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    New Gun Laws Provide Fitting Tribute to Orlando Victims

    philOrlando has the unfortunate distinction of being the deadliest mass shooting in United States history, with 49 fatalities and 53 injuries. The fact that it happened at an LGBT nightclub makes it a hate crime.

    This tragedy is a shocking reminder that the fight for equality continues. The victims and their families deserve more than our thoughts and prayers. They deserve action on gun safety.

    Basic questions surround this shooting. None more disturbing than this: How did the shooter, who was once being watched by the FBI for terrorist activity, obtain military-grade weapons allowing him to kill so many people so quickly?

    While Congress dithers, California just enacted the largest gun safety reforms in a generation.

    Governor Jerry Brown signed AB 1135, which I authored with Assemblymembers Marc Levine (D-Marin County) and David Chiu (D-San Francisco), to prohibit the use of a “bullet button” or other mechanism on military-style assault weapons. These devices allow for rapid reloading of magazines, which enable shooters to shoot and kill many people very quickly. These guns have been sold through a loophole in California’s assault weapons ban and were used in the San Bernardino mass shooting last year where 14 were killed and 22 seriously injured.

    The Governor also signed bills to:

    • ban ownership of high capacity magazines holding over ten rounds of ammunition;
    • crack down on false reports of lost or stolen guns, a common tactic of illegal gun sellers; and
    • regulate the sale of ammunition to prevent and investigate its use in crime.

    Unfortunately, he vetoed my bill to prevent gun tragedies at schools and workplaces. Between 2000 and 2013, 70 percent of active shooter incidents occurred at such locations.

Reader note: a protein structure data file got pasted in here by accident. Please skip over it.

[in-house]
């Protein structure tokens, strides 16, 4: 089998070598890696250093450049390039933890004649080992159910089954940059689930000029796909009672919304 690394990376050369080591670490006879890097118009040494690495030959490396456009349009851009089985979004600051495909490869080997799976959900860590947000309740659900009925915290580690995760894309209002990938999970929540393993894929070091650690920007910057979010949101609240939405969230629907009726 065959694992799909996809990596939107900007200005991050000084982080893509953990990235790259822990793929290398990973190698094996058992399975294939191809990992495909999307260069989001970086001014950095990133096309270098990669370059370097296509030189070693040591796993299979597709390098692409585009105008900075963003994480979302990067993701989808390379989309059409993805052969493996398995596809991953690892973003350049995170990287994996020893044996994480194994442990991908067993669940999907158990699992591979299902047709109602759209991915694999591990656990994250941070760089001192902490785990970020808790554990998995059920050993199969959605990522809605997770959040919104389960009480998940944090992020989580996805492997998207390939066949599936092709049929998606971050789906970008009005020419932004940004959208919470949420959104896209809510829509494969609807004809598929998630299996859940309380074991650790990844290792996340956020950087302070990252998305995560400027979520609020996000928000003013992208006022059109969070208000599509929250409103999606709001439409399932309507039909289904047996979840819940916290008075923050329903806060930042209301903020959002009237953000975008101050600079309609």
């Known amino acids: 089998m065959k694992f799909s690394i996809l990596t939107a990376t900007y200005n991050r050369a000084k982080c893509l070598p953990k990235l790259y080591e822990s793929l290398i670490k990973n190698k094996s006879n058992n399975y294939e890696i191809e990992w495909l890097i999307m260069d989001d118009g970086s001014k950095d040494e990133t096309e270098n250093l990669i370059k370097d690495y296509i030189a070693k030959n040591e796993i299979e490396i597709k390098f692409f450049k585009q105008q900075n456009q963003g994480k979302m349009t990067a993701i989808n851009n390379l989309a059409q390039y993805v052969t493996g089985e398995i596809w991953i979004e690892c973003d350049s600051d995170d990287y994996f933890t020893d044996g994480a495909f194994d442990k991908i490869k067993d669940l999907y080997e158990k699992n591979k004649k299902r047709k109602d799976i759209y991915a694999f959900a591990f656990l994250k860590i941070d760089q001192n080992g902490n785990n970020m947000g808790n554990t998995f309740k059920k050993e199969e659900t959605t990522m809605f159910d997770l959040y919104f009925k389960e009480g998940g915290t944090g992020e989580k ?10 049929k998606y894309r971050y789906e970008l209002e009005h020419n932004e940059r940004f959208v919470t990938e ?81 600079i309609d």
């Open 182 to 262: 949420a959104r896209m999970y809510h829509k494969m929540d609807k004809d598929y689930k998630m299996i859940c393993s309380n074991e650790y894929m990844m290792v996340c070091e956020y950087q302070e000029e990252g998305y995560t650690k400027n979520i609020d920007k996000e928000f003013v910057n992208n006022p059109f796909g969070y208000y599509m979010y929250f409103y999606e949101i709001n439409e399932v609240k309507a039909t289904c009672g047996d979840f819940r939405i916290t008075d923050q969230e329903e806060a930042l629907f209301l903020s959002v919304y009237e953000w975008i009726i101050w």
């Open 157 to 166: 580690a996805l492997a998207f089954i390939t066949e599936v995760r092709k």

Critics of gun safety say it is not guns but people who kill. My AB 2607 would have allowed educators, mental health professionals, coworkers, and employers to petition the court for gun violence restraining orders (GVROs). Modeled after domestic violence retraining orders, the GVRO temporarily prohibits persons a court deems a danger to themselves or others from possessing or purchasing a gun or ammunition. This order lasts for up to one year unless renewed or revoked by a court, and it is currently restricted to immediate family and law enforcement.

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    Gun tragedies have become routine. We have seen them occur at our schools, workplaces, churches, movie theaters, and nightclubs. Enough is enough.

    By enacting such strong gun safety bills into law, California made a bold and historic statement that mass shootings are not an accepted part of our lives in California. Shooters use military-style weaponry to kill as many people as possible as fast as they can. Our smarter gun laws will logically save lives by prohibiting such deadly weapons.

    More work needs to be done. All of us have the right to live without the fear of getting shot. We need to focus on the people who commit gun violence and give law abiding people peaceful tools to protect themselves and loved ones.

    As we grieve for lives lost in Orlando, we can take some comfort in knowing that the loss of so many innocent lives has been met with meaningful action in California. Tragedy struck, but our state has become safer.

    Phil Ting represents the 19th Assembly District, which includes the Westside of San Francisco along with the communities of Broadmoor, Colma, Daly City, and South San Francisco.